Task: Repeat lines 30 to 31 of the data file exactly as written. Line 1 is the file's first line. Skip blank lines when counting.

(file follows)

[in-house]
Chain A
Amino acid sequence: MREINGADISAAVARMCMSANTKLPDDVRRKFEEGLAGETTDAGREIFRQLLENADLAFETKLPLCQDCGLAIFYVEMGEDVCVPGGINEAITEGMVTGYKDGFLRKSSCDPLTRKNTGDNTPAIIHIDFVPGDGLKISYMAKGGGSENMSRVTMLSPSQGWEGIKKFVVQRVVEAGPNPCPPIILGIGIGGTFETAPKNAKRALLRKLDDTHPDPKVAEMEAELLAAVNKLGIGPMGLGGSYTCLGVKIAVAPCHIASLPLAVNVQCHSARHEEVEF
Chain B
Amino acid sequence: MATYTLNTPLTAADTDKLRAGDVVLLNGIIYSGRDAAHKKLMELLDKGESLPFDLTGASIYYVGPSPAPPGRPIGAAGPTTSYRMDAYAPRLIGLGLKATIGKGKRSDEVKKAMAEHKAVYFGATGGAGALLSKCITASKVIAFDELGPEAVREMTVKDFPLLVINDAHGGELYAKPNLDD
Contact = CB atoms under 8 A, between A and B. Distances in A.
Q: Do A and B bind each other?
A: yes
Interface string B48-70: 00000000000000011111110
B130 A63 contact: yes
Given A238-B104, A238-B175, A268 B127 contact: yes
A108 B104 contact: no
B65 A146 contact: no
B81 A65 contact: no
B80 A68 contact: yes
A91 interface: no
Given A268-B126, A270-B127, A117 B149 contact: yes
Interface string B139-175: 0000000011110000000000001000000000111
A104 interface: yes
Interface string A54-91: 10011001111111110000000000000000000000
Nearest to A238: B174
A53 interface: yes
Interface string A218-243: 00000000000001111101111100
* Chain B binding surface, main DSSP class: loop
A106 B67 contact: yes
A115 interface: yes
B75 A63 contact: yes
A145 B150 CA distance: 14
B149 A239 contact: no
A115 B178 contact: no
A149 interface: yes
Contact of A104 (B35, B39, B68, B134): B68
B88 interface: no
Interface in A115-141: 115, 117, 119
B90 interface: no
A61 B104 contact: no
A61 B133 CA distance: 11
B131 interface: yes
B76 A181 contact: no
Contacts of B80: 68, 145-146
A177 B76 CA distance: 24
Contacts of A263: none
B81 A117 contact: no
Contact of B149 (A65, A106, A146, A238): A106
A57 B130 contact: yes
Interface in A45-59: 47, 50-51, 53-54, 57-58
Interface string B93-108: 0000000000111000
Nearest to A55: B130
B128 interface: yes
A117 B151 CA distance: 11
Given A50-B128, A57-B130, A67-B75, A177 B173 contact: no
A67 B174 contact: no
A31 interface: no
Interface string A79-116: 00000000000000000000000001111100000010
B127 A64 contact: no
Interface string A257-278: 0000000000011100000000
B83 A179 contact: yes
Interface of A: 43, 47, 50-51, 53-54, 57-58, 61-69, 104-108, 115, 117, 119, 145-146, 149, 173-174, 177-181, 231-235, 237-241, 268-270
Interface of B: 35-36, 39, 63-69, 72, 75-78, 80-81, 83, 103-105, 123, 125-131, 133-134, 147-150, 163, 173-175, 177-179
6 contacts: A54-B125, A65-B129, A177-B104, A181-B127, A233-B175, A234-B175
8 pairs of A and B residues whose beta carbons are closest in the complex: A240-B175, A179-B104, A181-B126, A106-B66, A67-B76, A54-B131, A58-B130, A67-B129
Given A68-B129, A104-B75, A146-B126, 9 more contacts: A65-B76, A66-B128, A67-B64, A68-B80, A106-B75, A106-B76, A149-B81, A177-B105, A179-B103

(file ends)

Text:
A115 B178 contact: no
A149 interface: yes